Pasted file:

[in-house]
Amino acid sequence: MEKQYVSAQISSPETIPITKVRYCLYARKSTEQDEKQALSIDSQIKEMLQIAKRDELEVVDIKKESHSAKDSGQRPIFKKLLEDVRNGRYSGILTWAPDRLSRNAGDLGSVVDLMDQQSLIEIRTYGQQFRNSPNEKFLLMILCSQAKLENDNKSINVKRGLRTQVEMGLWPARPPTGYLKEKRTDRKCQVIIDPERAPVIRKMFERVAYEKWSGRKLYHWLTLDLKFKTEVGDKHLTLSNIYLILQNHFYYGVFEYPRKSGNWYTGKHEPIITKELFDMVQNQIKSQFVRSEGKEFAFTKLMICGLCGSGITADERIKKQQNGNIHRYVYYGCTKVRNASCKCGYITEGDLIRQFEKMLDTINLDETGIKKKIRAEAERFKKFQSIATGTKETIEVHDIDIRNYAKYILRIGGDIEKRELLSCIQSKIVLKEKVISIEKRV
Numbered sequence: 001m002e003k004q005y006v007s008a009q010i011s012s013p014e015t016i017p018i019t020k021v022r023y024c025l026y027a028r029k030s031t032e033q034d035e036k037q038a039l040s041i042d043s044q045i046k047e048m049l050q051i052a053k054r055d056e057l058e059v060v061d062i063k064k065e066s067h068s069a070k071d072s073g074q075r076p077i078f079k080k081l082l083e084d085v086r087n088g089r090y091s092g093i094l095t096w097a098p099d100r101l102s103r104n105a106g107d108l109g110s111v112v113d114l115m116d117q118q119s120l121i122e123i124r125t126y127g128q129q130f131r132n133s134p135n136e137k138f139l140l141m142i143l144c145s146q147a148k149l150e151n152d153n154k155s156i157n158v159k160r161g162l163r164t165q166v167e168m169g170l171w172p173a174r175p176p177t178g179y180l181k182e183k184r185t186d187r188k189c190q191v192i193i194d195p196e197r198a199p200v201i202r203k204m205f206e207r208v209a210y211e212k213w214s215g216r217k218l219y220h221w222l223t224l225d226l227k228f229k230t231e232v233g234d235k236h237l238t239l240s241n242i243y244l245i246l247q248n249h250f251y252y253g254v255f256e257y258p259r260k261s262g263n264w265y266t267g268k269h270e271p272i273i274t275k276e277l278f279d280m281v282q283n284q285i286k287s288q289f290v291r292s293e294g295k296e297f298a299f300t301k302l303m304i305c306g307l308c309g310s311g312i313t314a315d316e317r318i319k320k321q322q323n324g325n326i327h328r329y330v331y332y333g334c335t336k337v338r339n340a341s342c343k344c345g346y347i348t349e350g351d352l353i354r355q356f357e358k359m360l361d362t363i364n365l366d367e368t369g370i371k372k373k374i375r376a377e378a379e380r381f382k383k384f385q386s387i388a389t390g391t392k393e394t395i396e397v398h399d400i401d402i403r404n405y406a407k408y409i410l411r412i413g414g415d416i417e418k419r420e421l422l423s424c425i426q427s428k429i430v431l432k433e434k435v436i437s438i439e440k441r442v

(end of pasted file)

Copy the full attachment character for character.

[in-house]
Amino acid sequence: MEKQYVSAQISSPETIPITKVRYCLYARKSTEQDEKQALSIDSQIKEMLQIAKRDELEVVDIKKESHSAKDSGQRPIFKKLLEDVRNGRYSGILTWAPDRLSRNAGDLGSVVDLMDQQSLIEIRTYGQQFRNSPNEKFLLMILCSQAKLENDNKSINVKRGLRTQVEMGLWPARPPTGYLKEKRTDRKCQVIIDPERAPVIRKMFERVAYEKWSGRKLYHWLTLDLKFKTEVGDKHLTLSNIYLILQNHFYYGVFEYPRKSGNWYTGKHEPIITKELFDMVQNQIKSQFVRSEGKEFAFTKLMICGLCGSGITADERIKKQQNGNIHRYVYYGCTKVRNASCKCGYITEGDLIRQFEKMLDTINLDETGIKKKIRAEAERFKKFQSIATGTKETIEVHDIDIRNYAKYILRIGGDIEKRELLSCIQSKIVLKEKVISIEKRV
Numbered sequence: 001m002e003k004q005y006v007s008a009q010i011s012s013p014e015t016i017p018i019t020k021v022r023y024c025l026y027a028r029k030s031t032e033q034d035e036k037q038a039l040s041i042d043s044q045i046k047e048m049l050q051i052a053k054r055d056e057l058e059v060v061d062i063k064k065e066s067h068s069a070k071d072s073g074q075r076p077i078f079k080k081l082l083e084d085v086r087n088g089r090y091s092g093i094l095t096w097a098p099d100r101l102s103r104n105a106g107d108l109g110s111v112v113d114l115m116d117q118q119s120l121i122e123i124r125t126y127g128q129q130f131r132n133s134p135n136e137k138f139l140l141m142i143l144c145s146q147a148k149l150e151n152d153n154k155s156i157n158v159k160r161g162l163r164t165q166v167e168m169g170l171w172p173a174r175p176p177t178g179y180l181k182e183k184r185t186d187r188k189c190q191v192i193i194d195p196e197r198a199p200v201i202r203k204m205f206e207r208v209a210y211e212k213w214s215g216r217k218l219y220h221w222l223t224l225d226l227k228f229k230t231e232v233g234d235k236h237l238t239l240s241n242i243y244l245i246l247q248n249h250f251y252y253g254v255f256e257y258p259r260k261s262g263n264w265y266t267g268k269h270e271p272i273i274t275k276e277l278f279d280m281v282q283n284q285i286k287s288q289f290v291r292s293e294g295k296e297f298a299f300t301k302l303m304i305c306g307l308c309g310s311g312i313t314a315d316e317r318i319k320k321q322q323n324g325n326i327h328r329y330v331y332y333g334c335t336k337v338r339n340a341s342c343k344c345g346y347i348t349e350g351d352l353i354r355q356f357e358k359m360l361d362t363i364n365l366d367e368t369g370i371k372k373k374i375r376a377e378a379e380r381f382k383k384f385q386s387i388a389t390g391t392k393e394t395i396e397v398h399d400i401d402i403r404n405y406a407k408y409i410l411r412i413g414g415d416i417e418k419r420e421l422l423s424c425i426q427s428k429i430v431l432k433e434k435v436i437s438i439e440k441r442v